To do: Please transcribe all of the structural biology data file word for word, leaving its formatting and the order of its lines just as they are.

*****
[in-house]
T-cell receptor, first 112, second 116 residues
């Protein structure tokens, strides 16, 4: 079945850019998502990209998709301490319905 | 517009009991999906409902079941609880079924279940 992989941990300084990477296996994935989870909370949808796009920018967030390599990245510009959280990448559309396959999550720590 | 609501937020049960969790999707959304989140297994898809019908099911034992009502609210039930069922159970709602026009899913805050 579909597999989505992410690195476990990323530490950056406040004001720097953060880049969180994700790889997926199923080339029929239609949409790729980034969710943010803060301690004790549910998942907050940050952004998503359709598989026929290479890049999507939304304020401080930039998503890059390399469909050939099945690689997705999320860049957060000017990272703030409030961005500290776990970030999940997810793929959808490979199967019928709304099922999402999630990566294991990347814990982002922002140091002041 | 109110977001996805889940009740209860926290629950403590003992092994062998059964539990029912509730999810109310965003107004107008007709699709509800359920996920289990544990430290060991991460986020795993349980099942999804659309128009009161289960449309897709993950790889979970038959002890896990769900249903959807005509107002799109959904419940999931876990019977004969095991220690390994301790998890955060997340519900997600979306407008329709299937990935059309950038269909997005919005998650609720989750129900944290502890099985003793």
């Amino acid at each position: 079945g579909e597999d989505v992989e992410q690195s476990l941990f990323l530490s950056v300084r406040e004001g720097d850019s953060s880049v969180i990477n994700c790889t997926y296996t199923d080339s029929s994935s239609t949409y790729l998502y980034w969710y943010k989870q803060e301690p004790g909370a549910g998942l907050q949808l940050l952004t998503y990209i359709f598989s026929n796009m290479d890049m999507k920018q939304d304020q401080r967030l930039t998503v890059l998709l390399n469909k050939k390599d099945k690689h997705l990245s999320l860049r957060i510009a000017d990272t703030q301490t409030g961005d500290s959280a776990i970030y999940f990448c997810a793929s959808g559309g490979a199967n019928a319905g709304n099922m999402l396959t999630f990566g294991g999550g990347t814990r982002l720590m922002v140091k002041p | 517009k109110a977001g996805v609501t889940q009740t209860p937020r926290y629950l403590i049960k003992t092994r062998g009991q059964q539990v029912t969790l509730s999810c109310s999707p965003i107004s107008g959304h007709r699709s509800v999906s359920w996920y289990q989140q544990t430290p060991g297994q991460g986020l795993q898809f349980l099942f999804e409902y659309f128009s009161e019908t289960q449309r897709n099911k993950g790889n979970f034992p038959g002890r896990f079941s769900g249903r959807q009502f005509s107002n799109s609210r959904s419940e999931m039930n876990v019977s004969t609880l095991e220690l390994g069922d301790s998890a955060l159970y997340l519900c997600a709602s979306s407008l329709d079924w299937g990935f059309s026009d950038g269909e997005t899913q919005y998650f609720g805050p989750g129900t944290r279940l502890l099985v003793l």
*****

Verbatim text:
[in-house]
T-cell receptor, first 112, second 116 residues
């Protein structure tokens, strides 16, 4: 079945850019998502990209998709301490319905 | 517009009991999906409902079941609880079924279940 992989941990300084990477296996994935989870909370949808796009920018967030390599990245510009959280990448559309396959999550720590 | 609501937020049960969790999707959304989140297994898809019908099911034992009502609210039930069922159970709602026009899913805050 579909597999989505992410690195476990990323530490950056406040004001720097953060880049969180994700790889997926199923080339029929239609949409790729980034969710943010803060301690004790549910998942907050940050952004998503359709598989026929290479890049999507939304304020401080930039998503890059390399469909050939099945690689997705999320860049957060000017990272703030409030961005500290776990970030999940997810793929959808490979199967019928709304099922999402999630990566294991990347814990982002922002140091002041 | 109110977001996805889940009740209860926290629950403590003992092994062998059964539990029912509730999810109310965003107004107008007709699709509800359920996920289990544990430290060991991460986020795993349980099942999804659309128009009161289960449309897709993950790889979970038959002890896990769900249903959807005509107002799109959904419940999931876990019977004969095991220690390994301790998890955060997340519900997600979306407008329709299937990935059309950038269909997005919005998650609720989750129900944290502890099985003793």
């Amino acid at each position: 079945g579909e597999d989505v992989e992410q690195s476990l941990f990323l530490s950056v300084r406040e004001g720097d850019s953060s880049v969180i990477n994700c790889t997926y296996t199923d080339s029929s994935s239609t949409y790729l998502y980034w969710y943010k989870q803060e301690p004790g909370a549910g998942l907050q949808l940050l952004t998503y990209i359709f598989s026929n796009m290479d890049m999507k920018q939304d304020q401080r967030l930039t998503v890059l998709l390399n469909k050939k390599d099945k690689h997705l990245s999320l860049r957060i510009a000017d990272t703030q301490t409030g961005d500290s959280a776990i970030y999940f990448c997810a793929s959808g559309g490979a199967n019928a319905g709304n099922m999402l396959t999630f990566g294991g999550g990347t814990r982002l720590m922002v140091k002041p | 517009k109110a977001g996805v609501t889940q009740t209860p937020r926290y629950l403590i049960k003992t092994r062998g009991q059964q539990v029912t969790l509730s999810c109310s999707p965003i107004s107008g959304h007709r699709s509800v999906s359920w996920y289990q989140q544990t430290p060991g297994q991460g986020l795993q898809f349980l099942f999804e409902y659309f128009s009161e019908t289960q449309r897709n099911k993950g790889n979970f034992p038959g002890r896990f079941s769900g249903r959807q009502f005509s107002n799109s609210r959904s419940e999931m039930n876990v019977s004969t609880l095991e220690l390994g069922d301790s998890a955060l159970y997340l519900c997600a709602s979306s407008l329709d079924w299937g990935f059309s026009d950038g269909e997005t899913q919005y998650f609720g805050p989750g129900t944290r279940l502890l099985v003793l």